BUSINESSES THAT CAN BE SAVED, SHOULD BE SAVED
Companies can fail, but a good business trapped in an insolvent company can be saved. The law allows specific remedies for a restructure, specifically the Phoenix Company, Voluntary Administration and Part XIV Compromises sections of the Companies Act that provides for the restructuring of a business. Restructuring the affairs of an honest business with a sustainable future in a manner provided for by legislation is something we believe should be done.
LIMITED LIABILITY IS A PRIVILEGE THAT SHOULD NOT BE ABUSED
Sometimes, however, directors do trade recklessly, cheat their creditors and are an on-going commercial hazard either because of a lack of commercial ability or a faulty moral compass. In these cases we believe that a liquidator has an obligation to, at a minimum, uphold the rights of creditors and where possible bring a reckless director to account.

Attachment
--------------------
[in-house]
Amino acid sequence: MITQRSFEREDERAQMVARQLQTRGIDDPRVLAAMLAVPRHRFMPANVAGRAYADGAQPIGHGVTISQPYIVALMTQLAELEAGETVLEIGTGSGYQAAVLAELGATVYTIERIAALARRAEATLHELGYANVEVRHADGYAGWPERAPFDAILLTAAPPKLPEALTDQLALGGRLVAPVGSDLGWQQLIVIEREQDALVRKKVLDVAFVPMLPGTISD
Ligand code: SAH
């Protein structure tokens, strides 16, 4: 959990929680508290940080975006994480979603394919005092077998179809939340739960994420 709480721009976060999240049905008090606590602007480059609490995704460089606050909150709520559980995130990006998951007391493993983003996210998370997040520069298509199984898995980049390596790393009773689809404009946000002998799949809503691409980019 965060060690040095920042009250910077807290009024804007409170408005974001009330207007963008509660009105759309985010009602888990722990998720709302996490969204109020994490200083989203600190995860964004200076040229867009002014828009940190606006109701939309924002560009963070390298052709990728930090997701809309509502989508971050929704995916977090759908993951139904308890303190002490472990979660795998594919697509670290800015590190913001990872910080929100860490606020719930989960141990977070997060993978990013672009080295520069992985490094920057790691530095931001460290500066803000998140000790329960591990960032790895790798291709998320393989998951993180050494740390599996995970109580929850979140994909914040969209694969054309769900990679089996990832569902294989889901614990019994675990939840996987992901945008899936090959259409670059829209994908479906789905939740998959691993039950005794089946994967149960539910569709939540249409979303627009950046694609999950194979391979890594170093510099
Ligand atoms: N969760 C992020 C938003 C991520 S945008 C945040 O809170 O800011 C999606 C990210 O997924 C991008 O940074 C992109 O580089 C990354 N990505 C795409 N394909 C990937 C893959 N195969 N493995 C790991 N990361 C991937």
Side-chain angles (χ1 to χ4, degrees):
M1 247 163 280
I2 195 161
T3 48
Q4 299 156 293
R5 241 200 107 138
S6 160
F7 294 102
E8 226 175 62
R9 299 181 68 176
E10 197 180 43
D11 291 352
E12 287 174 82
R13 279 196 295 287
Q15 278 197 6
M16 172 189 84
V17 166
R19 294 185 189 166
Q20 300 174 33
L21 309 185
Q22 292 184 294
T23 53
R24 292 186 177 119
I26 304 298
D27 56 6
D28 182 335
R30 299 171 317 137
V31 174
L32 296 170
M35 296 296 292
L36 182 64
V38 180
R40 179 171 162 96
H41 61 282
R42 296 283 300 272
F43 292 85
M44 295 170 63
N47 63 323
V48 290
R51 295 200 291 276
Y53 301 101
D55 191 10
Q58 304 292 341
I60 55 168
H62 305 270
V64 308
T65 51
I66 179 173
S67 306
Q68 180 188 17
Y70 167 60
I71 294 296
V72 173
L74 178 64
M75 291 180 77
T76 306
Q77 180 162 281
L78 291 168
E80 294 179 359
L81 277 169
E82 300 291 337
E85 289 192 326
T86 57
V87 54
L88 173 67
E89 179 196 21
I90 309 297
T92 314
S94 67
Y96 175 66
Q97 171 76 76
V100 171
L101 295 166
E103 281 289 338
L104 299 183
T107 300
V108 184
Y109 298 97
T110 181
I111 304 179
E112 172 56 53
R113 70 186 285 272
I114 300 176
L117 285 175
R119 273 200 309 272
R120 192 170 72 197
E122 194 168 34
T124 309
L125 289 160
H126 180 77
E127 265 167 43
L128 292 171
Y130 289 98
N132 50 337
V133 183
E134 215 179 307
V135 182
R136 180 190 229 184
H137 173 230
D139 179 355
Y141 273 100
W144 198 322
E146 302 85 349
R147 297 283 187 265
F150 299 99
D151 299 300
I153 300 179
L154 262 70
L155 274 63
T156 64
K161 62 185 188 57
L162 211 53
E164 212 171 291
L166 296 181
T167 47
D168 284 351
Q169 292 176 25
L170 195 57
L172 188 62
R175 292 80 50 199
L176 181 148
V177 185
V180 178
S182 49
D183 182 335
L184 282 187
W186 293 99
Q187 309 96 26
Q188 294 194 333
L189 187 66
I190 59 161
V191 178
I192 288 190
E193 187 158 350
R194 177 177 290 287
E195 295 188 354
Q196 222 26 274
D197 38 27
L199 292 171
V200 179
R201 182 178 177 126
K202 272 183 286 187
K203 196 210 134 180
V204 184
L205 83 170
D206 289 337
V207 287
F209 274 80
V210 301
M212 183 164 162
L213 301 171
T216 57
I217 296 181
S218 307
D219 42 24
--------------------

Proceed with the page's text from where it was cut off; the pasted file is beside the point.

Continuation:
A CREDITORS RIGHTS TO ANSWERS IS NOT CONSTRAINED BY THE ESTATE’S FUNDS
We investigate every file we take on, but we do not take on every file. In many cases there isn’t any recovery for either the creditors nor for our fees. This, however, should not and does not negate our duty to investigate the affairs and records of every company.
BUSINESS FAILURE IS INEVITABLE
A degree of failure is both necessary as well as inevitable and we should not demonise managers and directors who have taken a legitimate commercial gamble and failed. We want people to take risks in business, to try new things and to give it a go. Some of these people will fail and it is important that when they do, there is an orderly and dignified process for unwinding their affairs.